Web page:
mars_temperature = "The highest temperature on Mars is about 30 C" for item in mars_temperature.split(): if item.isnumeric(): print(item)
.isdecimal() can check for strings that look like decimals.
It might be surprising to learn that
"-70".isnumeric() would return
False. This is because all characters in the string would need to be numeric, and the dash (
-) isn't numeric. If you need to check negative numbers in a string, the
.isnumeric() method wouldn't work.
There are extra validations that you can apply on strings to check for values. For negative numbers, the dash is prefixed to the number, and that can be detected with the
.endswith() method helps with verifying the last character of a string:
if "30 C".endswith("C"): print("This temperature is in Celsius")
This temperature is in Celsius
There are other methods that help in situations where text needs to be transformed into something else. So far, you've seen strings that can use C for Celsius and F for Fahrenheit. You can use the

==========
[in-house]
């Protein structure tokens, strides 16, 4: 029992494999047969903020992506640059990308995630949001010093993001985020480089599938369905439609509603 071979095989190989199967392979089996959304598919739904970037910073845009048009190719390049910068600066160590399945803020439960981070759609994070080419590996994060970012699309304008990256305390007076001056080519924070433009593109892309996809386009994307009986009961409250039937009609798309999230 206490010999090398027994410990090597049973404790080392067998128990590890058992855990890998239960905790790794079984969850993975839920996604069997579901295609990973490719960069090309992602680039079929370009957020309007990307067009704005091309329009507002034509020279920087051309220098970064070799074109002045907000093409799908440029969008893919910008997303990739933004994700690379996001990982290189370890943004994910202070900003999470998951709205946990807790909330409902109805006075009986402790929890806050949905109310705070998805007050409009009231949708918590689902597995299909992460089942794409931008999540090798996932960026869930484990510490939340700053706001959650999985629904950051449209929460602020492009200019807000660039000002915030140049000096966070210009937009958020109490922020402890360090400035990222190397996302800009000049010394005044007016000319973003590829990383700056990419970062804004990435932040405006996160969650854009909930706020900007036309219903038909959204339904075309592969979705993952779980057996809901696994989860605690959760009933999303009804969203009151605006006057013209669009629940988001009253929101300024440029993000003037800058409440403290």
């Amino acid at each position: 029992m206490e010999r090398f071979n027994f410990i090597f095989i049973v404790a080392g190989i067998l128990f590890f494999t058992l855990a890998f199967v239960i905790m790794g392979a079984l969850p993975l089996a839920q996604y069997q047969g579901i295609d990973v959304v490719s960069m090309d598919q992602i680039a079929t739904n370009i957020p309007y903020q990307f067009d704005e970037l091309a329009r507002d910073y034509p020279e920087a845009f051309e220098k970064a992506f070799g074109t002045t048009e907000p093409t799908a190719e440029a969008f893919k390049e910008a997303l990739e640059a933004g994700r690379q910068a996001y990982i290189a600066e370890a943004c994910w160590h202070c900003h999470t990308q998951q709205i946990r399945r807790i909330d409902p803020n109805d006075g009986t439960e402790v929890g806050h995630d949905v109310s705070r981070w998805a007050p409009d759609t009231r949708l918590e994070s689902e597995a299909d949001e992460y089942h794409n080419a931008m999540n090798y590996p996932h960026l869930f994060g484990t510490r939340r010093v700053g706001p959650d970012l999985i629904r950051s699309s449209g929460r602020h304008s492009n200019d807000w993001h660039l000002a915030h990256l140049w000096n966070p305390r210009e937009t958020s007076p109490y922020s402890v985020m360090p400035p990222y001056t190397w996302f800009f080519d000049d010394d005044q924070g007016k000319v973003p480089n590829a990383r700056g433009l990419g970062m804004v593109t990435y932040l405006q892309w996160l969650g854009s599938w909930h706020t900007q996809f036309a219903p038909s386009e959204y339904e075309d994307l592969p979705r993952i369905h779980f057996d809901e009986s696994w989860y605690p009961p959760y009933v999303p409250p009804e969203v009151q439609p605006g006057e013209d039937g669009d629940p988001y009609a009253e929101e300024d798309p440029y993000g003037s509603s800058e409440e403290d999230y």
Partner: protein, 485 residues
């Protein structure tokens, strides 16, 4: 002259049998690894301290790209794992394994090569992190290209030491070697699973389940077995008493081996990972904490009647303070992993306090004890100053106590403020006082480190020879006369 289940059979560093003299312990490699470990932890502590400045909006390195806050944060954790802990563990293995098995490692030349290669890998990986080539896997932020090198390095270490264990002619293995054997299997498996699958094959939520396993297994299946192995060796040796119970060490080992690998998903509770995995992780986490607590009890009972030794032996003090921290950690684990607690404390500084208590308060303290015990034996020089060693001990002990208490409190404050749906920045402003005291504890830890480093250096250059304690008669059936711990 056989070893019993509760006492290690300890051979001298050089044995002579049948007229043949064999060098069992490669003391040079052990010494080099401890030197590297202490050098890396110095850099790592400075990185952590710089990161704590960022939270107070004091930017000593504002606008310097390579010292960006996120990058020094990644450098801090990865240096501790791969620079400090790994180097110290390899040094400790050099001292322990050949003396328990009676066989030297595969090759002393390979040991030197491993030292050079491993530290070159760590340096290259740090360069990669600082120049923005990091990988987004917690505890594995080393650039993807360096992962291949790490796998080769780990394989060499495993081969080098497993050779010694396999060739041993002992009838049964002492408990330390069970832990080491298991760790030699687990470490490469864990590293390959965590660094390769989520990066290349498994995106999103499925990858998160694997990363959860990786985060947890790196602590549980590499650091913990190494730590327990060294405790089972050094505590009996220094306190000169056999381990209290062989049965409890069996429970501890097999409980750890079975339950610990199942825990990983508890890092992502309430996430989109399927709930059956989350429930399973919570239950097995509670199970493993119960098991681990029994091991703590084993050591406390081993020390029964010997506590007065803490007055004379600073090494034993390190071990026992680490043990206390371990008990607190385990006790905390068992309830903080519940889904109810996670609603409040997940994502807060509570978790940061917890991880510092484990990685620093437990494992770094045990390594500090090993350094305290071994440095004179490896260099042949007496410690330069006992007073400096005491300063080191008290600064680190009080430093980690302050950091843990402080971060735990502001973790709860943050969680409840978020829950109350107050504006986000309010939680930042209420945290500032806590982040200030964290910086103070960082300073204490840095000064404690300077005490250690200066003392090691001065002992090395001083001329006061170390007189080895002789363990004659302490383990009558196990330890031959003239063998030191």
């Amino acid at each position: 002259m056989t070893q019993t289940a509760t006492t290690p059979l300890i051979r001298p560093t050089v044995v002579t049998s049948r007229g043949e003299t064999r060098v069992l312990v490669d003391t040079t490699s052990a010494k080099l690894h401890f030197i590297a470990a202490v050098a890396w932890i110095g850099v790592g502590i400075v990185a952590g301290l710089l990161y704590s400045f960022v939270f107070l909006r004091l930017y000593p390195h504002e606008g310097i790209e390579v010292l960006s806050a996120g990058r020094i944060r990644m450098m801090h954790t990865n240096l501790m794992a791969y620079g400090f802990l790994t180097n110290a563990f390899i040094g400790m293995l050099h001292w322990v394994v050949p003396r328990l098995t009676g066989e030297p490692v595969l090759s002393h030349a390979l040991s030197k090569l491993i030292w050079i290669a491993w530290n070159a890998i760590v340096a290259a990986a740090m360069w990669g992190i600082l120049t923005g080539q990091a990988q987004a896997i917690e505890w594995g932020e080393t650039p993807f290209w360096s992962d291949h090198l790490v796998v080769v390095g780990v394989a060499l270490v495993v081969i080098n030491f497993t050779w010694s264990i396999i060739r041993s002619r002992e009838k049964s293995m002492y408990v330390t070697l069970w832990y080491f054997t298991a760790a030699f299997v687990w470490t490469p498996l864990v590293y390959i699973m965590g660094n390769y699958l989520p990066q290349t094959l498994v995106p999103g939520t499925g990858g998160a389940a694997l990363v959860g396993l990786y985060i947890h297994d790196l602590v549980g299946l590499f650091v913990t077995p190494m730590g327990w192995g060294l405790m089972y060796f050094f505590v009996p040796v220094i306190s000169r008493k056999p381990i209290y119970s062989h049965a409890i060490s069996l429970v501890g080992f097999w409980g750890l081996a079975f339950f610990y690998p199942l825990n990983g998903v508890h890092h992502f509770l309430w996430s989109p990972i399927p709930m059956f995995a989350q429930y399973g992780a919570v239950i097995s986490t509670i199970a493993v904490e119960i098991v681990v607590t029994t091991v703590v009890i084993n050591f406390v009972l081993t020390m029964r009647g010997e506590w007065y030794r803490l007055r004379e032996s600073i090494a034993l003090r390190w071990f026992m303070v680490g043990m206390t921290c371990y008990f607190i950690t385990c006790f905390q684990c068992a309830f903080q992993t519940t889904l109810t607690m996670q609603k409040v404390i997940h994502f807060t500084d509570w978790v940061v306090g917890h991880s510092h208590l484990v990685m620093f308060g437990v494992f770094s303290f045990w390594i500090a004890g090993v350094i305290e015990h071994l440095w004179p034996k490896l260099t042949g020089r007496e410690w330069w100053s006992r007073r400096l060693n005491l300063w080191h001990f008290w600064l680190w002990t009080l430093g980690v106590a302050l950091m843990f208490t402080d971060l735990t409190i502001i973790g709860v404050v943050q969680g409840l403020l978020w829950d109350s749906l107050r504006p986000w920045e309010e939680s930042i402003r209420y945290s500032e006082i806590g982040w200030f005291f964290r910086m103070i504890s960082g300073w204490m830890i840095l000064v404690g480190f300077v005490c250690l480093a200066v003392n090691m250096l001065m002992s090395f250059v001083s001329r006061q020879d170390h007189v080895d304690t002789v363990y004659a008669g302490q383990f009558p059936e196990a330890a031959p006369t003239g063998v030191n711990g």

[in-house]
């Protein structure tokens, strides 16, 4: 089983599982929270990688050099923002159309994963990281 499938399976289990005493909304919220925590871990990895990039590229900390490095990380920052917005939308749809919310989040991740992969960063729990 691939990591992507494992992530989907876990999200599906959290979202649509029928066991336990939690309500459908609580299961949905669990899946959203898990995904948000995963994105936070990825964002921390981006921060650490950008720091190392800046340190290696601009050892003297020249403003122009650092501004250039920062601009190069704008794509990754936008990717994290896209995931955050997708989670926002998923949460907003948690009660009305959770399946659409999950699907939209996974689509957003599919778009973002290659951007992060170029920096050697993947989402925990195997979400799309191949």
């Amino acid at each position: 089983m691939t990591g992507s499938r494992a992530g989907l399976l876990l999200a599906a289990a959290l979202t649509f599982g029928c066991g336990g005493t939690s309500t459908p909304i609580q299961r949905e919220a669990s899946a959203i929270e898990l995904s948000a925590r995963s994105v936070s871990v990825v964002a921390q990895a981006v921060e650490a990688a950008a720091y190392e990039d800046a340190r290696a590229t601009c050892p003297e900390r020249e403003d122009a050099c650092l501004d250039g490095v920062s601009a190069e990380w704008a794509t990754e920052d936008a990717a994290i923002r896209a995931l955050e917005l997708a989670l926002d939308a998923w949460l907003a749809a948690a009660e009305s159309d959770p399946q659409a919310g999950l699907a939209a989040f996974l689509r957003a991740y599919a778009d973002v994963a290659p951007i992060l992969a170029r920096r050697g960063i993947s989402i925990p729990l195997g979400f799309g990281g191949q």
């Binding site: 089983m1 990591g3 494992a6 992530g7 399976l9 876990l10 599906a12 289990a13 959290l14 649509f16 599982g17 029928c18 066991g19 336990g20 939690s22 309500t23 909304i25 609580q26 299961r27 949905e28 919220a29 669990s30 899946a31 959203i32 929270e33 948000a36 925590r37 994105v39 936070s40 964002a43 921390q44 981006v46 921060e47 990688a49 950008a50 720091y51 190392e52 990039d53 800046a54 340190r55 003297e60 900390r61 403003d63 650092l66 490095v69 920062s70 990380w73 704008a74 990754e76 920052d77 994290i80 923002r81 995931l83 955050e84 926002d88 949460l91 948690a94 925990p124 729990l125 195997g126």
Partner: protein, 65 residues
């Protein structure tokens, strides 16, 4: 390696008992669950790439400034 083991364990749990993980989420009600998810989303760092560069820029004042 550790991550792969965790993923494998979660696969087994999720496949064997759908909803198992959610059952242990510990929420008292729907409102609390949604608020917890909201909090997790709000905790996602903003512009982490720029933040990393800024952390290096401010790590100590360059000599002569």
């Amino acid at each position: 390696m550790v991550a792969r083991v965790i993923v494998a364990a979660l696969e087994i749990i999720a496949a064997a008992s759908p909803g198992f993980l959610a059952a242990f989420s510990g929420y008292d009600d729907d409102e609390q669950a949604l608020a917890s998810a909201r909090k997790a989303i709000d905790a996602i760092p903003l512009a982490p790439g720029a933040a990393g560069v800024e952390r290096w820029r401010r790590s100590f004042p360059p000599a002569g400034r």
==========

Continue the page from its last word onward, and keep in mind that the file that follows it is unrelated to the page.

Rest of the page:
.replace() method to find and replace occurrences of a character or group of characters:
print("Saturn has a daytime temperature of -170 degrees Celsius, while Mars has -28 Celsius.".replace("Celsius", "C"))
Saturn has a daytime temperature of -170 degrees C, while Mars has -28 C.
As mentioned earlier,
.lower() is a good way to normalize text to do a case-insensitive search. Let's quickly check to see whether some text discusses temperatures:
text = "Temperatures on the Moon can vary wildly." print("temperatures" in text)
text = "Temperatures on the Moon can vary wildly." print("temperatures" in text.lower())
You might not need to do case-insensitive verification all the time, but lowercasing every letter is a good approach when the text uses mixed casing.
After you've split the text and performed the transformations, you might need to put all the parts back together again. Just as the
.split() method can separate characters, the
.join() method can put them back together.
.join() method requires an iterable (such as a Python list) as an argument, so its usage looks different from other string methods:
moon_facts = ["The Moon is drifting away from the Earth.", "On average, the Moon is moving about 4cm every year."] print(' '.join(moon_facts))
The Moon is drifting away from the Earth. On average, the Moon is moving about 4cm every year.
In this example,
' ' is used to join every item in the list.